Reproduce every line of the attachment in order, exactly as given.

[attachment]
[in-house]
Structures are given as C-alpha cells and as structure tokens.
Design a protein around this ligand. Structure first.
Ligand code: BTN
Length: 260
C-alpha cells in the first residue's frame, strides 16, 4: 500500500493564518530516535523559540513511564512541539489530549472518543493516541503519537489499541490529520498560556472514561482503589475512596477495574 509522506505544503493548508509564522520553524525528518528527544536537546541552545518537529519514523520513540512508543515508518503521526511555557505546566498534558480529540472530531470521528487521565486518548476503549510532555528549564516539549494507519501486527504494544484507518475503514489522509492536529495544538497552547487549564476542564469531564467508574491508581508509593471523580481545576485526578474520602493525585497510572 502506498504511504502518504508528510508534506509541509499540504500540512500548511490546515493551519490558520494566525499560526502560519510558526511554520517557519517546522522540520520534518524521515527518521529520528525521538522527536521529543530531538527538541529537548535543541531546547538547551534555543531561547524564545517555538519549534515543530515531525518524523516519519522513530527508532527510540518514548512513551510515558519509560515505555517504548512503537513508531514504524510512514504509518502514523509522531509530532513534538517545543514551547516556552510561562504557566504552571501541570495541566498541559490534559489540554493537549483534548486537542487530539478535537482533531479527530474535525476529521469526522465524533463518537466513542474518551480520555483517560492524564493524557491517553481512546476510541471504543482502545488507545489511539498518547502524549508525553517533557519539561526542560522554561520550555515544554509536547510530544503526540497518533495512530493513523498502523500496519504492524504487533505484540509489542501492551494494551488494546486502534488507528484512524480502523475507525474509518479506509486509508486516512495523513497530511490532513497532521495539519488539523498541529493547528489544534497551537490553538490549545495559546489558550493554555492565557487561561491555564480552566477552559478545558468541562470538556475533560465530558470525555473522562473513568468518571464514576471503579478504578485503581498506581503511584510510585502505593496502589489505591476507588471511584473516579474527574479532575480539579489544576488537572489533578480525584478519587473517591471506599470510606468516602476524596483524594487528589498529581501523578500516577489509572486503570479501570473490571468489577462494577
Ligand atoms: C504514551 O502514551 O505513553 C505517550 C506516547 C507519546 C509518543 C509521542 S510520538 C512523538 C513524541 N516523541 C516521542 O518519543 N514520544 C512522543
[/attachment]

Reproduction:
[in-house]
Structures are given as C-alpha cells and as structure tokens.
Design a protein around this ligand. Structure first.
Ligand code: BTN
Length: 260
C-alpha cells in the first residue's frame, strides 16, 4: 500500500493564518530516535523559540513511564512541539489530549472518543493516541503519537489499541490529520498560556472514561482503589475512596477495574 509522506505544503493548508509564522520553524525528518528527544536537546541552545518537529519514523520513540512508543515508518503521526511555557505546566498534558480529540472530531470521528487521565486518548476503549510532555528549564516539549494507519501486527504494544484507518475503514489522509492536529495544538497552547487549564476542564469531564467508574491508581508509593471523580481545576485526578474520602493525585497510572 502506498504511504502518504508528510508534506509541509499540504500540512500548511490546515493551519490558520494566525499560526502560519510558526511554520517557519517546522522540520520534518524521515527518521529520528525521538522527536521529543530531538527538541529537548535543541531546547538547551534555543531561547524564545517555538519549534515543530515531525518524523516519519522513530527508532527510540518514548512513551510515558519509560515505555517504548512503537513508531514504524510512514504509518502514523509522531509530532513534538517545543514551547516556552510561562504557566504552571501541570495541566498541559490534559489540554493537549483534548486537542487530539478535537482533531479527530474535525476529521469526522465524533463518537466513542474518551480520555483517560492524564493524557491517553481512546476510541471504543482502545488507545489511539498518547502524549508525553517533557519539561526542560522554561520550555515544554509536547510530544503526540497518533495512530493513523498502523500496519504492524504487533505484540509489542501492551494494551488494546486502534488507528484512524480502523475507525474509518479506509486509508486516512495523513497530511490532513497532521495539519488539523498541529493547528489544534497551537490553538490549545495559546489558550493554555492565557487561561491555564480552566477552559478545558468541562470538556475533560465530558470525555473522562473513568468518571464514576471503579478504578485503581498506581503511584510510585502505593496502589489505591476507588471511584473516579474527574479532575480539579489544576488537572489533578480525584478519587473517591471506599470510606468516602476524596483524594487528589498529581501523578500516577489509572486503570479501570473490571468489577462494577
Ligand atoms: C504514551 O502514551 O505513553 C505517550 C506516547 C507519546 C509518543 C509521542 S510520538 C512523538 C513524541 N516523541 C516521542 O518519543 N514520544 C512522543